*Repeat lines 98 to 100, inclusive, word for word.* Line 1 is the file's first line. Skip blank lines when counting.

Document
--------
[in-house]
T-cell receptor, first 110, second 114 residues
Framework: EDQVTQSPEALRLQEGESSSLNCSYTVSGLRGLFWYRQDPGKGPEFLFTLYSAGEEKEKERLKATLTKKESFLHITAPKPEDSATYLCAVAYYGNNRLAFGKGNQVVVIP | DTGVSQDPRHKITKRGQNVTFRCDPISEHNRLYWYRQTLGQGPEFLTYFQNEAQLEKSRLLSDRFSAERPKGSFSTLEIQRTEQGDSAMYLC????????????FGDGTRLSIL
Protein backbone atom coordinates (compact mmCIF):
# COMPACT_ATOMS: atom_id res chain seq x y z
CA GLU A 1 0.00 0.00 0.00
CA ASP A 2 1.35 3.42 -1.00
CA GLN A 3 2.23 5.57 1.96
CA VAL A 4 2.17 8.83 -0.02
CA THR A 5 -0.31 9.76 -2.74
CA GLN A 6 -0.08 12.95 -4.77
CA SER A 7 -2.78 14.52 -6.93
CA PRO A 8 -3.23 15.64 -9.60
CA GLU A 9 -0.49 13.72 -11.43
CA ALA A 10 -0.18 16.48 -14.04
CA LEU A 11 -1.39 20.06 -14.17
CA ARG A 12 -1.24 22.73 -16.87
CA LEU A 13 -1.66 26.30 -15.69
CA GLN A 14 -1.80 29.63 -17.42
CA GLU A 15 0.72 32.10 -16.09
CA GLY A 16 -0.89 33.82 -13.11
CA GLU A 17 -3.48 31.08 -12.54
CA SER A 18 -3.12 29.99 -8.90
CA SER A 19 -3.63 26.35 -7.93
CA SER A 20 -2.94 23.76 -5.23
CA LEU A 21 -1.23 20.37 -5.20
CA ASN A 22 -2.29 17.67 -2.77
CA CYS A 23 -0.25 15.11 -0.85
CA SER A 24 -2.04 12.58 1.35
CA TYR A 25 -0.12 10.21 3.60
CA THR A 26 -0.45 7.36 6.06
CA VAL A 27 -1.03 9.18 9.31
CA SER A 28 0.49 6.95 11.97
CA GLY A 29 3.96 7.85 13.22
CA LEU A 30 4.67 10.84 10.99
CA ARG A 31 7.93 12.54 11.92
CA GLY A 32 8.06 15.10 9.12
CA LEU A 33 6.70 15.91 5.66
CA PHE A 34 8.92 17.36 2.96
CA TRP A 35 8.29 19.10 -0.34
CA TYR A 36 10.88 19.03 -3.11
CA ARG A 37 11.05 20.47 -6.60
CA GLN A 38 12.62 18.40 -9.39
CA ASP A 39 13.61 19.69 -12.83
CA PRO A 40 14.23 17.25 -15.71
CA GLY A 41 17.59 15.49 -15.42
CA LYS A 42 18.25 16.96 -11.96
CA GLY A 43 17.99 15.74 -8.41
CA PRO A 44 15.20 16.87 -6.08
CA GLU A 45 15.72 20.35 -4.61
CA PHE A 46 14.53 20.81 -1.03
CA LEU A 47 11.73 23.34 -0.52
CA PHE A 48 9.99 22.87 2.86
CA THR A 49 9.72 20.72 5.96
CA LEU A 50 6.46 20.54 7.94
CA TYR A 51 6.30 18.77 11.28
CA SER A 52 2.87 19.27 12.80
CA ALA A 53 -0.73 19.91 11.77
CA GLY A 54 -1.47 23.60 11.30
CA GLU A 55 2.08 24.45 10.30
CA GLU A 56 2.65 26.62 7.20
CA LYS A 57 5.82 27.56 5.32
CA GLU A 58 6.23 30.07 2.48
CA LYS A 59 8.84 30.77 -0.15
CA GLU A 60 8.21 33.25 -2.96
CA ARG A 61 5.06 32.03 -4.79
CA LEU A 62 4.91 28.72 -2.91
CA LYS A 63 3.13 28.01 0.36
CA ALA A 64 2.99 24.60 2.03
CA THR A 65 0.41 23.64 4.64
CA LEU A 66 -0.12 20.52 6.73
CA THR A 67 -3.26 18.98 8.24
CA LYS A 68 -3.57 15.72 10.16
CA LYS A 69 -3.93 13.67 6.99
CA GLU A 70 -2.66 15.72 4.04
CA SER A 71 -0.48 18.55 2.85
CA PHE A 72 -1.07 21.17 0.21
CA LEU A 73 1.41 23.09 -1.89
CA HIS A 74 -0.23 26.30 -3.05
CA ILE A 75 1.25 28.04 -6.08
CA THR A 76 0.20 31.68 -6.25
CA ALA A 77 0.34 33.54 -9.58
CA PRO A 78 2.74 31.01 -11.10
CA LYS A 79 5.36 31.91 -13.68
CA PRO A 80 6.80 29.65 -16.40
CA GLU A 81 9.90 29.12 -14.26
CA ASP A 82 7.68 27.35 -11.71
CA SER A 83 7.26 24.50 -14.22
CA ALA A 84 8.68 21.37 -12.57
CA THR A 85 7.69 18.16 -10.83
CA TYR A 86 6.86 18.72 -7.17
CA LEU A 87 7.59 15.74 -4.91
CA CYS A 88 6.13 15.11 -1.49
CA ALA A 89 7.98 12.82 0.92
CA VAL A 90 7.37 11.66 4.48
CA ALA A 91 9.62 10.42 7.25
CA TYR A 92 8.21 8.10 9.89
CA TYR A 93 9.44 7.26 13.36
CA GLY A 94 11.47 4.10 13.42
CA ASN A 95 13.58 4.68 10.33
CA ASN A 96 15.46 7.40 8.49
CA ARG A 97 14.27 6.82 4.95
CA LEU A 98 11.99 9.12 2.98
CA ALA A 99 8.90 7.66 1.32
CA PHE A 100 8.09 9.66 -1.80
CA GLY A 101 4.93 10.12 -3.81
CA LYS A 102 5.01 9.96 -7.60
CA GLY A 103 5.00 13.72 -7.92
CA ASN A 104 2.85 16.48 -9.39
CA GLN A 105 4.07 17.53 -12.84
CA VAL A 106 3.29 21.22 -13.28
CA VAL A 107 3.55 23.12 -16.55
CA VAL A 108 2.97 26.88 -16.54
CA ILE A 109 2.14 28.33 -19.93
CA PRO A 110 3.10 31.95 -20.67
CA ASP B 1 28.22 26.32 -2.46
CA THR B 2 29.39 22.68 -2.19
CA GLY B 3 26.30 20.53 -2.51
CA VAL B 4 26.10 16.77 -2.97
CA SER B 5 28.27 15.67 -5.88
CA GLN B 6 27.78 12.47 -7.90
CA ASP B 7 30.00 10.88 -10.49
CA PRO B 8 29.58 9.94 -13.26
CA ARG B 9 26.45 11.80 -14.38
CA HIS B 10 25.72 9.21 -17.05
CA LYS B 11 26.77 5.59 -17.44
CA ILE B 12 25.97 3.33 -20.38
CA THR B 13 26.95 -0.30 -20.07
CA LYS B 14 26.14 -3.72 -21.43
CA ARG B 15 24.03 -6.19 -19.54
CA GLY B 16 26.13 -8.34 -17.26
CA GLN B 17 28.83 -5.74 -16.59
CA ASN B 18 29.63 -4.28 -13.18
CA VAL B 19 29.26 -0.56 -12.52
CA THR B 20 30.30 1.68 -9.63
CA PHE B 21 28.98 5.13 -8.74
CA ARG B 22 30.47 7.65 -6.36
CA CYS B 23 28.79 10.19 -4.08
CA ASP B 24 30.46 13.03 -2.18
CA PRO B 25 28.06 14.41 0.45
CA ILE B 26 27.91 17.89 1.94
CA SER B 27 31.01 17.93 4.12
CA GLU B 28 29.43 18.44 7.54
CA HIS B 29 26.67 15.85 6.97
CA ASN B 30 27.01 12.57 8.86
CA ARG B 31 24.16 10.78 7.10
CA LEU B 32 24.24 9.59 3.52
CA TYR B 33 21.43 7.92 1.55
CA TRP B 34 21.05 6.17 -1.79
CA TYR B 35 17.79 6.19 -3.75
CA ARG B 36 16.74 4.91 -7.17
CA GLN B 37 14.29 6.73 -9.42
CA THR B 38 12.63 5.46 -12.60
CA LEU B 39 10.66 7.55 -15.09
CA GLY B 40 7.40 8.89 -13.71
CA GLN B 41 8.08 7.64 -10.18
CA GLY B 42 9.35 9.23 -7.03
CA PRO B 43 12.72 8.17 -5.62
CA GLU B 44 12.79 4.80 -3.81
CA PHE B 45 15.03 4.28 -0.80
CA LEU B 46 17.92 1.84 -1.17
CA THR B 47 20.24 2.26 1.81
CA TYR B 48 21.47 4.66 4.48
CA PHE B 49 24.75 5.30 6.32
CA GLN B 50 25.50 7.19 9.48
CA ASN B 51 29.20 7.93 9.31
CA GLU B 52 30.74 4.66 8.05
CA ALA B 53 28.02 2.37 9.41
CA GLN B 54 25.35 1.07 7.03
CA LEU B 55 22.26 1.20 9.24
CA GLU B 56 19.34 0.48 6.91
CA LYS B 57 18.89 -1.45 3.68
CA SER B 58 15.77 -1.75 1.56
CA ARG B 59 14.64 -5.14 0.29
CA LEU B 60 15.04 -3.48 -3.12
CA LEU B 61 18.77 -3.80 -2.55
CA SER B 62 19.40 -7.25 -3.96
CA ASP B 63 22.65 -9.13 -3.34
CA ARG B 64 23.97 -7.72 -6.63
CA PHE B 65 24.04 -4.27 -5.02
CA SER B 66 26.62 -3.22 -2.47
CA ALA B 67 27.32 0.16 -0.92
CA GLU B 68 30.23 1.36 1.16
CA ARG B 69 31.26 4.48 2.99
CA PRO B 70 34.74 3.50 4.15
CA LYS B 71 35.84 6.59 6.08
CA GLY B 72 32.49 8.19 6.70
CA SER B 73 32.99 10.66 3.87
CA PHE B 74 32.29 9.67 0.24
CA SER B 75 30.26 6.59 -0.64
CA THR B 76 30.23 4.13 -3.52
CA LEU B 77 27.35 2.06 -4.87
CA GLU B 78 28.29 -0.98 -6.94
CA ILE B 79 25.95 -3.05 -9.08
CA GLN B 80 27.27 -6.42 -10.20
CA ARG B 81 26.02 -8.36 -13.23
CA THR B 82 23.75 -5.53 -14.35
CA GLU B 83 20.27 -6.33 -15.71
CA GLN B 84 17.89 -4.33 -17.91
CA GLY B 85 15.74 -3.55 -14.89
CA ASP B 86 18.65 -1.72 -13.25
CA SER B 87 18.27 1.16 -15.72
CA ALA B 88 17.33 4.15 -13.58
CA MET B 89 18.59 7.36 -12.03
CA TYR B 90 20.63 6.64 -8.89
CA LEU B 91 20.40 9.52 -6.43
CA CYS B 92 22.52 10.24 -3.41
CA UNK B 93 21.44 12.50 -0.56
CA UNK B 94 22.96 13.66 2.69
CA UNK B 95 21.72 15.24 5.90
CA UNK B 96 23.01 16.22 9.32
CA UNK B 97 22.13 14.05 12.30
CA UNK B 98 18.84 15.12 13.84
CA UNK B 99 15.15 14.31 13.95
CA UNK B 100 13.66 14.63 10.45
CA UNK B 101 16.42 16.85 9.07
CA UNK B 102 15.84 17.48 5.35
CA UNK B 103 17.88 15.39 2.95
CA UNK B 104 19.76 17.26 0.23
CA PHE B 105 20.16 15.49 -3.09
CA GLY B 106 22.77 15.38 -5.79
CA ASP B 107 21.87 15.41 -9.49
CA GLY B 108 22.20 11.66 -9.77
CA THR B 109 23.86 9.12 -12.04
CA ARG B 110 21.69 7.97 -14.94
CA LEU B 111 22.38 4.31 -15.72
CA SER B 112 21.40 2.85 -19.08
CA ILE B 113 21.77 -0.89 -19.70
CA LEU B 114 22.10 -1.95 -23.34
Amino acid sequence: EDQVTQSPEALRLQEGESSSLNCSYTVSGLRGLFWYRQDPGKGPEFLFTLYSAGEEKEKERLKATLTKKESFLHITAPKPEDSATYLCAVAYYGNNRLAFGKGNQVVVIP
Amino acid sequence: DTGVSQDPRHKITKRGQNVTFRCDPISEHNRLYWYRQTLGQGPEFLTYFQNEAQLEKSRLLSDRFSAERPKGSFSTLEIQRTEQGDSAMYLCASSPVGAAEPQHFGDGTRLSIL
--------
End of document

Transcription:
CA TYR A 93 9.44 7.26 13.36
CA GLY A 94 11.47 4.10 13.42
CA ASN A 95 13.58 4.68 10.33